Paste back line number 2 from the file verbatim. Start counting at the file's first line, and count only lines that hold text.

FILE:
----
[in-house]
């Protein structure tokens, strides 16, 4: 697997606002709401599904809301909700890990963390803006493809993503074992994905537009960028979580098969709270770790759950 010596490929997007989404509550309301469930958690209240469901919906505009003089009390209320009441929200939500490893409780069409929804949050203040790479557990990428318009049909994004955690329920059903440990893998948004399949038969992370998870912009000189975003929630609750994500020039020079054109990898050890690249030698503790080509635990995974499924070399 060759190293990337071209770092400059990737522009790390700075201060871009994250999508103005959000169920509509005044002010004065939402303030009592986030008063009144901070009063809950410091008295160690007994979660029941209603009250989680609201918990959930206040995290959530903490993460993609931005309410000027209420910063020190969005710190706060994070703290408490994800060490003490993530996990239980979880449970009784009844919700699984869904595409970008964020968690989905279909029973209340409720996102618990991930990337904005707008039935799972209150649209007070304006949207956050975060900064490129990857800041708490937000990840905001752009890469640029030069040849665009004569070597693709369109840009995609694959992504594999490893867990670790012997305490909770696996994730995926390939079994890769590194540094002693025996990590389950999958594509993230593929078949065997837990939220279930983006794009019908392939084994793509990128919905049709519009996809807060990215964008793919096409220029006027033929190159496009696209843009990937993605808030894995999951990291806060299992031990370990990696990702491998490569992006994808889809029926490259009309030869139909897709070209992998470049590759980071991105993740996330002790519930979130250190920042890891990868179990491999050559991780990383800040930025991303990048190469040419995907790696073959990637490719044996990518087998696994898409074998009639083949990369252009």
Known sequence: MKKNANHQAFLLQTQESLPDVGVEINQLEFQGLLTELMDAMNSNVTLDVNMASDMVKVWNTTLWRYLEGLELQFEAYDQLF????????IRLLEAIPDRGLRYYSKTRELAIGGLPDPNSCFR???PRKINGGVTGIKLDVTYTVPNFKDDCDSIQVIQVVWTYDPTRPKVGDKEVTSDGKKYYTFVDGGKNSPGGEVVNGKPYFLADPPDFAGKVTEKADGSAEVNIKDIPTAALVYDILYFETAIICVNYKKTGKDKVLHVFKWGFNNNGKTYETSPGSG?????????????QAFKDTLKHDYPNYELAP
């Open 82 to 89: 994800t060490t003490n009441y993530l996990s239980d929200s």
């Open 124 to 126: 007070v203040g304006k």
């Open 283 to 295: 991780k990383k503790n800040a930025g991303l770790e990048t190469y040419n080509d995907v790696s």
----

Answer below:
């Protein structure tokens, strides 16, 4: 697997606002709401599904809301909700890990963390803006493809993503074992994905537009960028979580098969709270770790759950 010596490929997007989404509550309301469930958690209240469901919906505009003089009390209320009441929200939500490893409780069409929804949050203040790479557990990428318009049909994004955690329920059903440990893998948004399949038969992370998870912009000189975003929630609750994500020039020079054109990898050890690249030698503790080509635990995974499924070399 060759190293990337071209770092400059990737522009790390700075201060871009994250999508103005959000169920509509005044002010004065939402303030009592986030008063009144901070009063809950410091008295160690007994979660029941209603009250989680609201918990959930206040995290959530903490993460993609931005309410000027209420910063020190969005710190706060994070703290408490994800060490003490993530996990239980979880449970009784009844919700699984869904595409970008964020968690989905279909029973209340409720996102618990991930990337904005707008039935799972209150649209007070304006949207956050975060900064490129990857800041708490937000990840905001752009890469640029030069040849665009004569070597693709369109840009995609694959992504594999490893867990670790012997305490909770696996994730995926390939079994890769590194540094002693025996990590389950999958594509993230593929078949065997837990939220279930983006794009019908392939084994793509990128919905049709519009996809807060990215964008793919096409220029006027033929190159496009696209843009990937993605808030894995999951990291806060299992031990370990990696990702491998490569992006994808889809029926490259009309030869139909897709070209992998470049590759980071991105993740996330002790519930979130250190920042890891990868179990491999050559991780990383800040930025991303990048190469040419995907790696073959990637490719044996990518087998696994898409074998009639083949990369252009």